YOSEMITE — After years of drought, the central Sierra has experienced much welcome precipitation, and reports from the higher elevations of Yosemite National Park are encouraging.
Park staff have completed the April 1 snow surveys, and report that the water content of the snowpack in the Tuolumne drainage is 177 percent of average. In the Merced drainage it is 168 percent of average.
The snowpack is heavily weighted toward the higher elevations. Below 7,500′ the snow is deep but not exceptional, with 143 percent of average across the park. Above 8,500′ the water content of the snowpack is the highest on record. The snow on the high elevation courses is 10-14 feet deep and contains 5-7 feet of water.
So when you want to know how deep the snow is, do you simply stick a big ruler down in the ground? Well, this image is not far from the real work of Yosemite’s snow surveyors since the late 1920s.
The tool of choice has been the century-old Mount Rose Snow Tube created in 1909 by Dr. James Edward Church to monitor Lake Tahoe’s water level. Surveyors thrust the hollow, aluminum tube into the snowpack until it strikes the ground beneath. This sample, called a snow core, can be used to measure snow depth and water content.
Both of these measurements are important because measuring only depth cannot tell you how much water the snowpack contains—15 inches or more of fluffy powder could contain the same amount of water as just a few inches of wet, densely packed snow.
Measurements are collected several times per year at carefully chosen locations called snow courses. A snow course is simply a section of a snow-covered area where several snow core samples are taken at regularly spaced intervals (such as 50 feet), and measurements are averaged.
Snow courses are often located at high elevations, in wilderness areas far from plowed roads. To access the snow courses, today’s surveyors often clip on snowshoes or skis and head out over Yosemite’s rugged terrain, just as they did 90 years ago.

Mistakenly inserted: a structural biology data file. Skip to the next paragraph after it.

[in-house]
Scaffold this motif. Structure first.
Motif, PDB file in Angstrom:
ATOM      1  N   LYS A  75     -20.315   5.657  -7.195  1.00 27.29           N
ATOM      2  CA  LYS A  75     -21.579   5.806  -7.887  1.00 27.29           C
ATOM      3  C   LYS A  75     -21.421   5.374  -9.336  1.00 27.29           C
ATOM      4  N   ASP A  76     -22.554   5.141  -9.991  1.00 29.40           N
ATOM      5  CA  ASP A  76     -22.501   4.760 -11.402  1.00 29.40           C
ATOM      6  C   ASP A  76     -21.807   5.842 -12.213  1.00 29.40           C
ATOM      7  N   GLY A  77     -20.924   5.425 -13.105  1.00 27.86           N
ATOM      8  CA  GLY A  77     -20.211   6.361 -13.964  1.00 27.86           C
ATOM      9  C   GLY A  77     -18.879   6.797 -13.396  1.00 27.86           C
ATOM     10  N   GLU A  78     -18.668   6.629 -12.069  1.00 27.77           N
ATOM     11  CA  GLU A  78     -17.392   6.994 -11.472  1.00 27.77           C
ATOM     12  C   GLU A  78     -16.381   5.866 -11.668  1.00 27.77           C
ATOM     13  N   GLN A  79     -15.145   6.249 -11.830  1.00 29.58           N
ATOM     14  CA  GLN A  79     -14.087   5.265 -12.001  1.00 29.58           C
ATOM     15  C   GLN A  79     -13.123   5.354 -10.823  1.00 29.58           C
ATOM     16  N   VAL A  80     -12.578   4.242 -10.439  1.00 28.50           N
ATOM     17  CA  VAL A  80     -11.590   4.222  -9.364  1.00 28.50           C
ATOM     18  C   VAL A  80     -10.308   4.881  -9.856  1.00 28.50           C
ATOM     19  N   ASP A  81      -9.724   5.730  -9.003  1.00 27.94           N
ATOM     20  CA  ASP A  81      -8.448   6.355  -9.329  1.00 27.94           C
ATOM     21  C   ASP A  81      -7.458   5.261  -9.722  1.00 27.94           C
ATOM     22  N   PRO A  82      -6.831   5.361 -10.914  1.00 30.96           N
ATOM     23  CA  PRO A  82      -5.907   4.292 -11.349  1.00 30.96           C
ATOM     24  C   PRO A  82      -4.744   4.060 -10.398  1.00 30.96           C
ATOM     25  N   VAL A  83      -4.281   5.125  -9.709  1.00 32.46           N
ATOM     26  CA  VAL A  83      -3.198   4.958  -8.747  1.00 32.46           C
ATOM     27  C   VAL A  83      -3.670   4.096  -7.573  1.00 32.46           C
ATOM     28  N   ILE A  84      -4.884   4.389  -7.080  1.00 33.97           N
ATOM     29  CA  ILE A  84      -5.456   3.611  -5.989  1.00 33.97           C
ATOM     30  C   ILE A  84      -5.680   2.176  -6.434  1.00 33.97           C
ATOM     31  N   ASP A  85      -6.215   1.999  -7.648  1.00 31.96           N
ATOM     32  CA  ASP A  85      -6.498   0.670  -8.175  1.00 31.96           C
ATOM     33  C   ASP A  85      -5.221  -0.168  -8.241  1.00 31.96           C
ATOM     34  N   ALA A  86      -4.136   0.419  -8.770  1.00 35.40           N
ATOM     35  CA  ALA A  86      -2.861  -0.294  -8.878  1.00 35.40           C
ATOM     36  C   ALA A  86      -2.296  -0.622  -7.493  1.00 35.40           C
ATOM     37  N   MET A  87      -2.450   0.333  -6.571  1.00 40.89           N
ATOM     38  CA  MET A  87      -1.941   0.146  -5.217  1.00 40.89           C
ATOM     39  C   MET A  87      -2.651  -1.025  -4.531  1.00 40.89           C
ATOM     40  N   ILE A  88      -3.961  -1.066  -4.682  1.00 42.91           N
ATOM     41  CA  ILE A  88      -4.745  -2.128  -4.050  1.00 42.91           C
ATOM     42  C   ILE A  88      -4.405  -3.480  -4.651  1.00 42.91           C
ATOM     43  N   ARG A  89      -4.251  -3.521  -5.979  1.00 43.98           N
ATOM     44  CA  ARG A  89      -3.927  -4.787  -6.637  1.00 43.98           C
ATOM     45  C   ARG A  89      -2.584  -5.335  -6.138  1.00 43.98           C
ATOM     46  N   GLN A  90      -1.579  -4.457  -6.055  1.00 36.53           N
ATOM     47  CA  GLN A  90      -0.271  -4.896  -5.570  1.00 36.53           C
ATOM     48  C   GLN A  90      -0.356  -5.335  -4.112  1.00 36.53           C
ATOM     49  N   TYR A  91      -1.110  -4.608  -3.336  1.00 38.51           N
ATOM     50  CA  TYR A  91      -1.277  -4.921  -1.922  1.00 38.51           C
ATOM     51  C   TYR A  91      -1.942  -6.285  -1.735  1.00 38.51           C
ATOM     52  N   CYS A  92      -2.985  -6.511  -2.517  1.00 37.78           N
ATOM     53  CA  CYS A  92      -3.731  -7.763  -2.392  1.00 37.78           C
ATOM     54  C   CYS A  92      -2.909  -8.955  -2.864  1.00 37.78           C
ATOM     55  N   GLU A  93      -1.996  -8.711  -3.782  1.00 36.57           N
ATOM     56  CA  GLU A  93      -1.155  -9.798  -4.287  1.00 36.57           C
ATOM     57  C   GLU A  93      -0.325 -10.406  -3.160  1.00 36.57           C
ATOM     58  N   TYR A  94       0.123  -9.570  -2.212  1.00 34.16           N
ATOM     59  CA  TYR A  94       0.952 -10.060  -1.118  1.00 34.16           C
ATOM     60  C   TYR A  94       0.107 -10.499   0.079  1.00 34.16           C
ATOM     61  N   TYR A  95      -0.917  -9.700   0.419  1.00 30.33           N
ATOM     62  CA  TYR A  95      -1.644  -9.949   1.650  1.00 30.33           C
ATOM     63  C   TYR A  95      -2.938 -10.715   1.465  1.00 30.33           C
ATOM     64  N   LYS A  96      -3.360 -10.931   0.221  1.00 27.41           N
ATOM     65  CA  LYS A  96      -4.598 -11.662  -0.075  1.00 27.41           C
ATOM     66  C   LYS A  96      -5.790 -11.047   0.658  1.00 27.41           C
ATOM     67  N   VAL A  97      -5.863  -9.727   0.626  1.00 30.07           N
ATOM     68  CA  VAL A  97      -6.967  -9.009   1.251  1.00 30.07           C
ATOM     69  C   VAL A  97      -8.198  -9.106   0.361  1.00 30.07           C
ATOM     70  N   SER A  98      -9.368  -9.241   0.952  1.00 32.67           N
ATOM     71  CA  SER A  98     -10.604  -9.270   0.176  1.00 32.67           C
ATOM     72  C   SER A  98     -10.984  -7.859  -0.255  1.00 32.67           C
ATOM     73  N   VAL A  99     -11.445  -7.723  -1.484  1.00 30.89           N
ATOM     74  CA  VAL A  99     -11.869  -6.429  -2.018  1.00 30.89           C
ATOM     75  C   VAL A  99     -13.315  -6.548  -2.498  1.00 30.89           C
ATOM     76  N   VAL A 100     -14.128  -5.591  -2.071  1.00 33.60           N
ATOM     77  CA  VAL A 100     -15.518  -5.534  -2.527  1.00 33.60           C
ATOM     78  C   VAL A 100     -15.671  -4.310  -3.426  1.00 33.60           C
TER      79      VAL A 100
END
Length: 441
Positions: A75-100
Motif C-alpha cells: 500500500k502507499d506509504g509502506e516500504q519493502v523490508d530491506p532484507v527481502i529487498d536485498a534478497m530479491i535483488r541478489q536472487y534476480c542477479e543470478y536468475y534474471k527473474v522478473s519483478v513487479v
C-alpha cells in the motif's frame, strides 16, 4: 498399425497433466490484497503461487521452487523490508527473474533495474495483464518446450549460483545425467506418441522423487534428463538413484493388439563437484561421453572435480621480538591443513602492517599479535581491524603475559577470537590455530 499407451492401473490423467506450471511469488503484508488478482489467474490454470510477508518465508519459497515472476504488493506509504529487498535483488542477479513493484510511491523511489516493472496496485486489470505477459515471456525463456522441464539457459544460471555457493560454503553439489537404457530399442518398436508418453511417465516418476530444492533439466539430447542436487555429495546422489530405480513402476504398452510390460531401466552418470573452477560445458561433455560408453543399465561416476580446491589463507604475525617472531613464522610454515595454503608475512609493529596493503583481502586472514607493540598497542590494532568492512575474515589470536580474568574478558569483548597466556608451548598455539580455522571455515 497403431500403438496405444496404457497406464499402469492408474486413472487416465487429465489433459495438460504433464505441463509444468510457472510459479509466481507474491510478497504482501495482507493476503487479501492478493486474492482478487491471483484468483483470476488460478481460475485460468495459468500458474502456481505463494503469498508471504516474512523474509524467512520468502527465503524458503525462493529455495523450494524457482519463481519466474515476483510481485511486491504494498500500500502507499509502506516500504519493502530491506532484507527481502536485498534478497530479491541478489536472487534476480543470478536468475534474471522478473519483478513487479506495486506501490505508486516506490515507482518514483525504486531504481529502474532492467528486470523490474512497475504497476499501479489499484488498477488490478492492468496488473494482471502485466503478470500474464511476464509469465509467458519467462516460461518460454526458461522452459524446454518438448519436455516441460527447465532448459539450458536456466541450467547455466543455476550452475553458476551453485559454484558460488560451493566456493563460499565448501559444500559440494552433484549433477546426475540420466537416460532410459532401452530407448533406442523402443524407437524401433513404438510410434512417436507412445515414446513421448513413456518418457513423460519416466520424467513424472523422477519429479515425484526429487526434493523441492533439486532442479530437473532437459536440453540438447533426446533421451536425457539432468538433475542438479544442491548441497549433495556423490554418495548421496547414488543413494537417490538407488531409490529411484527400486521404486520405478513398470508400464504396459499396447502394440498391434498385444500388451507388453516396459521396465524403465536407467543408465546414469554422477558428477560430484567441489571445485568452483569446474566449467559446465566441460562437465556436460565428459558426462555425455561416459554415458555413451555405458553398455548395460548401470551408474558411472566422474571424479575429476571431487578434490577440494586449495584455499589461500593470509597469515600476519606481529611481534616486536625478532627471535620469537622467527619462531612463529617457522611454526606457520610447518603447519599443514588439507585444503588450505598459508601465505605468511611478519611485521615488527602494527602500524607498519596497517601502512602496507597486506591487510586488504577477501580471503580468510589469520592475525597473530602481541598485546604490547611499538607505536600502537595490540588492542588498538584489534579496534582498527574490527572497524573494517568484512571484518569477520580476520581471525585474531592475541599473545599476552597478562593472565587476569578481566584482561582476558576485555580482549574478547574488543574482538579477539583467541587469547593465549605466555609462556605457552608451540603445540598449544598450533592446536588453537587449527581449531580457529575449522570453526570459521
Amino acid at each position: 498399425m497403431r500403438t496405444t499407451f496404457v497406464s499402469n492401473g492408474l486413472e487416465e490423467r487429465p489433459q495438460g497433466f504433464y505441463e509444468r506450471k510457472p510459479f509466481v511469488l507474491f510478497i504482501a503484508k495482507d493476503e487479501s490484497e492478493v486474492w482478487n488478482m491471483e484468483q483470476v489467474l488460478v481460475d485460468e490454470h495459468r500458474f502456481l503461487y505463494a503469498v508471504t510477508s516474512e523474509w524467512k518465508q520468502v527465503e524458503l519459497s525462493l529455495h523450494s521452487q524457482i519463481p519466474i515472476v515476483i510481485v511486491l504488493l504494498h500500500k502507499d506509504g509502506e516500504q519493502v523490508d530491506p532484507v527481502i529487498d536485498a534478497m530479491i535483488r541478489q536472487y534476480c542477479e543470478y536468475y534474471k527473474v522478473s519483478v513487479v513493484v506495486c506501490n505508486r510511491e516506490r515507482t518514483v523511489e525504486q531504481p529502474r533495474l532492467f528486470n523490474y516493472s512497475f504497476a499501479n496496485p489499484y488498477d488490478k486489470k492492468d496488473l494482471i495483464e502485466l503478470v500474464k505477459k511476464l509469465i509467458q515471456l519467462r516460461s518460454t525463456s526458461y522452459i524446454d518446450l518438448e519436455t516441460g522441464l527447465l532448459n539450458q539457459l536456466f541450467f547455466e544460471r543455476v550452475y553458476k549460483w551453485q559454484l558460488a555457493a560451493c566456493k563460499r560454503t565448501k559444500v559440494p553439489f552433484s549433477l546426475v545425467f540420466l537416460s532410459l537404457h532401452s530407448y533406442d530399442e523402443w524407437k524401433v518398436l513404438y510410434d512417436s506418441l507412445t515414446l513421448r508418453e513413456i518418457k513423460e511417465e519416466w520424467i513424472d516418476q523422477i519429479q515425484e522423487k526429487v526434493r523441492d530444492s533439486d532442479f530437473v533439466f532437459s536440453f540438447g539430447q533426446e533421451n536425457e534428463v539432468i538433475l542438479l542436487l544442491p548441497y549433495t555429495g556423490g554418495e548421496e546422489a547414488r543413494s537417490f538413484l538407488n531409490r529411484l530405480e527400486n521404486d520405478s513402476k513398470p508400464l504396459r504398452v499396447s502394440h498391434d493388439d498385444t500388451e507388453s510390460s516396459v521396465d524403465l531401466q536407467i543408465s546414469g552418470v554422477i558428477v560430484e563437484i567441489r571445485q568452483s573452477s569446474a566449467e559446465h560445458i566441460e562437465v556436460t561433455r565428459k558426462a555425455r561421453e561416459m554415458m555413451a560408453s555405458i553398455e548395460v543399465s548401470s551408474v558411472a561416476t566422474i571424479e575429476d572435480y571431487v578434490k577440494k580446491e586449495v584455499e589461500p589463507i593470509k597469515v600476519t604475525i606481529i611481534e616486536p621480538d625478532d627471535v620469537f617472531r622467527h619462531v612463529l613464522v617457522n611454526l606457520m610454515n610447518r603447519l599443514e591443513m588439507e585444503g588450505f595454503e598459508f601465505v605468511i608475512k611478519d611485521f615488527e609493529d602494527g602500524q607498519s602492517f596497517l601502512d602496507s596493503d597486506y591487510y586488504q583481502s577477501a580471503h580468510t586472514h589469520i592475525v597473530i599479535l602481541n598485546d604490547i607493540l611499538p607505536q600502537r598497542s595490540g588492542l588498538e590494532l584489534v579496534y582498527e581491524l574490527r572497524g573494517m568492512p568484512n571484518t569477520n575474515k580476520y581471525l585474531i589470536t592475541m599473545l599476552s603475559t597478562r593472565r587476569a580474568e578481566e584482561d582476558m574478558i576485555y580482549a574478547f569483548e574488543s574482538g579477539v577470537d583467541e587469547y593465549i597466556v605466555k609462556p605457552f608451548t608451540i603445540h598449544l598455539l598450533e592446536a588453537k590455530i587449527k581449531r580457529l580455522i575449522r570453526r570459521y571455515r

Snow surveys are traditionally conducted four to five times per year, on (or near) the first of February, March, April, May, and sometimes June.
The April 1 snow survey is expected to show the peak of the seasonal snow pack. The largest April 1 snow survey in Yosemite’s recent history measured a snow depth of 232.9 inches in 1969 (see below).
The highest water content measured 96 inches in 1983. Other years with very high measurements include 1995, 2005, and 2011. The lowest snow water content by far was just two inches in April 2015, when 10 out of 17 courses in and around Yosemite had no snow at all.
These survey data provide information about mountain snowpack that can be used to identify trends that are valuable for park managers, hydrologists, climatologists, and water resource managers. The snow survey record in Yosemite is especially valuable because it dates back to 1930 for some snow courses, and because surveyors have taken great effort to assure consistency of measurement techniques and location.